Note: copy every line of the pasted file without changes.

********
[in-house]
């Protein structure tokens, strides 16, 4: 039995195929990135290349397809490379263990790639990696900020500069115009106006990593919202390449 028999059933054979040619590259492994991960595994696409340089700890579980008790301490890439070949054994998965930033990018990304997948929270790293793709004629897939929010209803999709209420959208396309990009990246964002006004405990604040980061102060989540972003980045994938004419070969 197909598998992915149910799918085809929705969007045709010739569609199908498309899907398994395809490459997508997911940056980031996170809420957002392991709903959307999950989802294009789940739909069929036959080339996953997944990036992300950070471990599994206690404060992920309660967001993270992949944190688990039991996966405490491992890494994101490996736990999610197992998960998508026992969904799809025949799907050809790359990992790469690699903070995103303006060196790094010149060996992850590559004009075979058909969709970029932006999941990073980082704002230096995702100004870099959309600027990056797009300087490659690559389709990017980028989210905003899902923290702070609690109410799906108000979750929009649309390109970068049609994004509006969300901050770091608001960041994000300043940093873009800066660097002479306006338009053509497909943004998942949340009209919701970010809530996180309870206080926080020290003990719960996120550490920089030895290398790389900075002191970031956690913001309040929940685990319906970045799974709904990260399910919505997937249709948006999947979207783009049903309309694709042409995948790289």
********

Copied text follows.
[in-house]
């Protein structure tokens, strides 16, 4: 039995195929990135290349397809490379263990790639990696900020500069115009106006990593919202390449 028999059933054979040619590259492994991960595994696409340089700890579980008790301490890439070949054994998965930033990018990304997948929270790293793709004629897939929010209803999709209420959208396309990009990246964002006004405990604040980061102060989540972003980045994938004419070969 197909598998992915149910799918085809929705969007045709010739569609199908498309899907398994395809490459997508997911940056980031996170809420957002392991709903959307999950989802294009789940739909069929036959080339996953997944990036992300950070471990599994206690404060992920309660967001993270992949944190688990039991996966405490491992890494994101490996736990999610197992998960998508026992969904799809025949799907050809790359990992790469690699903070995103303006060196790094010149060996992850590559004009075979058909969709970029932006999941990073980082704002230096995702100004870099959309600027990056797009300087490659690559389709990017980028989210905003899902923290702070609690109410799906108000979750929009649309390109970068049609994004509006969300901050770091608001960041994000300043940093873009800066660097002479306006338009053509497909943004998942949340009209919701970010809530996180309870206080926080020290003990719960996120550490920089030895290398790389900075002191970031956690913001309040929940685990319906970045799974709904990260399910919505997937249709948006999947979207783009049903309309694709042409995948790289």